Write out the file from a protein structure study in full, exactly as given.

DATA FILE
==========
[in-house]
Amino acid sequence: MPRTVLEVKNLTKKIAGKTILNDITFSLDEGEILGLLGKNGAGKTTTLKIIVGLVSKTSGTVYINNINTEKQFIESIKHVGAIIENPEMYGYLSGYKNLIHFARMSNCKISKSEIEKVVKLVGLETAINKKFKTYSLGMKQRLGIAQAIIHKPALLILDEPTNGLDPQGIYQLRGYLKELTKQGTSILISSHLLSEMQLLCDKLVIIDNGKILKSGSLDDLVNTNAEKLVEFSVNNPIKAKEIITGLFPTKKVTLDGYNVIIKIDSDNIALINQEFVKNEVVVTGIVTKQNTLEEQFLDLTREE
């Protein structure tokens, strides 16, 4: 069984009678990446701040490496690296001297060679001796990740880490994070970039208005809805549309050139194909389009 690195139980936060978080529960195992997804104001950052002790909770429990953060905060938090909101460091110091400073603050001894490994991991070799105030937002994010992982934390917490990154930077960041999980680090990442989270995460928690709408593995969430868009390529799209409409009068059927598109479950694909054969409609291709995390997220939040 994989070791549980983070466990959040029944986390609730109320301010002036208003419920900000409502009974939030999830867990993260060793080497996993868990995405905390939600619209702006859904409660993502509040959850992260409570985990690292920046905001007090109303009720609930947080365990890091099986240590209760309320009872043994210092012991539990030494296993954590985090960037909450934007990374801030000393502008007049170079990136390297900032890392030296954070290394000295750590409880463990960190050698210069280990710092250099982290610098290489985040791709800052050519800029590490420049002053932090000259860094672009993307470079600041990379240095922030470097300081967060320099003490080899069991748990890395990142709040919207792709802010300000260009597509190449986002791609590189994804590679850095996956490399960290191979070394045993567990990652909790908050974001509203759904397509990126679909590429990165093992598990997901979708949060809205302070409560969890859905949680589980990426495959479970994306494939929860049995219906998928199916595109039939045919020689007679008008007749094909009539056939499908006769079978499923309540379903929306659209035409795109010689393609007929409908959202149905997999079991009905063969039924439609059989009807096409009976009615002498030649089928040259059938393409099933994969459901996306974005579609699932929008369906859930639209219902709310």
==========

[in-house]
Amino acid sequence: MPRTVLEVKNLTKKIAGKTILNDITFSLDEGEILGLLGKNGAGKTTTLKIIVGLVSKTSGTVYINNINTEKQFIESIKHVGAIIENPEMYGYLSGYKNLIHFARMSNCKISKSEIEKVVKLVGLETAINKKFKTYSLGMKQRLGIAQAIIHKPALLILDEPTNGLDPQGIYQLRGYLKELTKQGTSILISSHLLSEMQLLCDKLVIIDNGKILKSGSLDDLVNTNAEKLVEFSVNNPIKAKEIITGLFPTKKVTLDGYNVIIKIDSDNIALINQEFVKNEVVVTGIVTKQNTLEEQFLDLTREE
């Protein structure tokens, strides 16, 4: 069984009678990446701040490496690296001297060679001796990740880490994070970039208005809805549309050139194909389009 690195139980936060978080529960195992997804104001950052002790909770429990953060905060938090909101460091110091400073603050001894490994991991070799105030937002994010992982934390917490990154930077960041999980680090990442989270995460928690709408593995969430868009390529799209409409009068059927598109479950694909054969409609291709995390997220939040 994989070791549980983070466990959040029944986390609730109320301010002036208003419920900000409502009974939030999830867990993260060793080497996993868990995405905390939600619209702006859904409660993502509040959850992260409570985990690292920046905001007090109303009720609930947080365990890091099986240590209760309320009872043994210092012991539990030494296993954590985090960037909450934007990374801030000393502008007049170079990136390297900032890392030296954070290394000295750590409880463990960190050698210069280990710092250099982290610098290489985040791709800052050519800029590490420049002053932090000259860094672009993307470079600041990379240095922030470097300081967060320099003490080899069991748990890395990142709040919207792709802010300000260009597509190449986002791609590189994804590679850095996956490399960290191979070394045993567990990652909790908050974001509203759904397509990126679909590429990165093992598990997901979708949060809205302070409560969890859905949680589980990426495959479970994306494939929860049995219906998928199916595109039939045919020689007679008008007749094909009539056939499908006769079978499923309540379903929306659209035409795109010689393609007929409908959202149905997999079991009905063969039924439609059989009807096409009976009615002498030649089928040259059938393409099933994969459901996306974005579609699932929008369906859930639209219902709310």